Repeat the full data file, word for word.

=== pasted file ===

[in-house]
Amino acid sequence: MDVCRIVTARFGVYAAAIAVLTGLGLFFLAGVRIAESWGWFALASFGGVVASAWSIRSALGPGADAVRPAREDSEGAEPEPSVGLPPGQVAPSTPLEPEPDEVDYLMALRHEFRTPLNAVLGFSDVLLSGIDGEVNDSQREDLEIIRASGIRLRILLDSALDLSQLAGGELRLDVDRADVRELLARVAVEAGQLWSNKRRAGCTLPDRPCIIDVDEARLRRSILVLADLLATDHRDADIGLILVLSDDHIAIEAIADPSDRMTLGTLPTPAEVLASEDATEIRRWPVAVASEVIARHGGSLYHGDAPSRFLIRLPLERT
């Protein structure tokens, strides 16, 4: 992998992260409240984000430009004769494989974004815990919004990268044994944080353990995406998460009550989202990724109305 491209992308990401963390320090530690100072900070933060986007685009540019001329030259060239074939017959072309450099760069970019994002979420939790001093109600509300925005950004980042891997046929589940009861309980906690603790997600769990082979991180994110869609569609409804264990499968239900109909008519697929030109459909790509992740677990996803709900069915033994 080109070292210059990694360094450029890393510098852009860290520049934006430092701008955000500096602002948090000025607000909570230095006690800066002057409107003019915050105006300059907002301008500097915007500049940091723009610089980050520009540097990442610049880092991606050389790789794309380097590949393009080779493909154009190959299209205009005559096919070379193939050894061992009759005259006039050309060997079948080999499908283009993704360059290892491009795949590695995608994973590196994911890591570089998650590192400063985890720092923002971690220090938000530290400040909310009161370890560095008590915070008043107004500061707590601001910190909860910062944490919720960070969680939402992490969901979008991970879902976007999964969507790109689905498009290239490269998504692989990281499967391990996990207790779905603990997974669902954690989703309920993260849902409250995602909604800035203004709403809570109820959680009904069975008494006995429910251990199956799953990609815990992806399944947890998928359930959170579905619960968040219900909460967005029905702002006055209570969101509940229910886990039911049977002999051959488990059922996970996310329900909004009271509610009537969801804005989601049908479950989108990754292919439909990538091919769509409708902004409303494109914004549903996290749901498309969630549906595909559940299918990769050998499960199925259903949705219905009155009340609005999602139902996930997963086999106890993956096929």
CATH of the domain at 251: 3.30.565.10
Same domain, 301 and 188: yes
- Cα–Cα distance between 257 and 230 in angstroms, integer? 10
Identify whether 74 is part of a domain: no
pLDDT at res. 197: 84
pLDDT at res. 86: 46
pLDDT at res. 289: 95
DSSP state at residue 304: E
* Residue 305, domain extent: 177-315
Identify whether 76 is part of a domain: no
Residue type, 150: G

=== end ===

[in-house]
Amino acid sequence: MDVCRIVTARFGVYAAAIAVLTGLGLFFLAGVRIAESWGWFALASFGGVVASAWSIRSALGPGADAVRPAREDSEGAEPEPSVGLPPGQVAPSTPLEPEPDEVDYLMALRHEFRTPLNAVLGFSDVLLSGIDGEVNDSQREDLEIIRASGIRLRILLDSALDLSQLAGGELRLDVDRADVRELLARVAVEAGQLWSNKRRAGCTLPDRPCIIDVDEARLRRSILVLADLLATDHRDADIGLILVLSDDHIAIEAIADPSDRMTLGTLPTPAEVLASEDATEIRRWPVAVASEVIARHGGSLYHGDAPSRFLIRLPLERT
């Protein structure tokens, strides 16, 4: 992998992260409240984000430009004769494989974004815990919004990268044994944080353990995406998460009550989202990724109305 491209992308990401963390320090530690100072900070933060986007685009540019001329030259060239074939017959072309450099760069970019994002979420939790001093109600509300925005950004980042891997046929589940009861309980906690603790997600769990082979991180994110869609569609409804264990499968239900109909008519697929030109459909790509992740677990996803709900069915033994 080109070292210059990694360094450029890393510098852009860290520049934006430092701008955000500096602002948090000025607000909570230095006690800066002057409107003019915050105006300059907002301008500097915007500049940091723009610089980050520009540097990442610049880092991606050389790789794309380097590949393009080779493909154009190959299209205009005559096919070379193939050894061992009759005259006039050309060997079948080999499908283009993704360059290892491009795949590695995608994973590196994911890591570089998650590192400063985890720092923002971690220090938000530290400040909310009161370890560095008590915070008043107004500061707590601001910190909860910062944490919720960070969680939402992490969901979008991970879902976007999964969507790109689905498009290239490269998504692989990281499967391990996990207790779905603990997974669902954690989703309920993260849902409250995602909604800035203004709403809570109820959680009904069975008494006995429910251990199956799953990609815990992806399944947890998928359930959170579905619960968040219900909460967005029905702002006055209570969101509940229910886990039911049977002999051959488990059922996970996310329900909004009271509610009537969801804005989601049908479950989108990754292919439909990538091919769509409708902004409303494109914004549903996290749901498309969630549906595909559940299918990769050998499960199925259903949705219905009155009340609005999602139902996930997963086999106890993956096929």
CATH of the domain at 251: 3.30.565.10
Same domain, 301 and 188: yes
- Cα–Cα distance between 257 and 230 in angstroms, integer? 10
Identify whether 74 is part of a domain: no
pLDDT at res. 197: 84
pLDDT at res. 86: 46
pLDDT at res. 289: 95
DSSP state at residue 304: E
* Residue 305, domain extent: 177-315
Identify whether 76 is part of a domain: no
Residue type, 150: G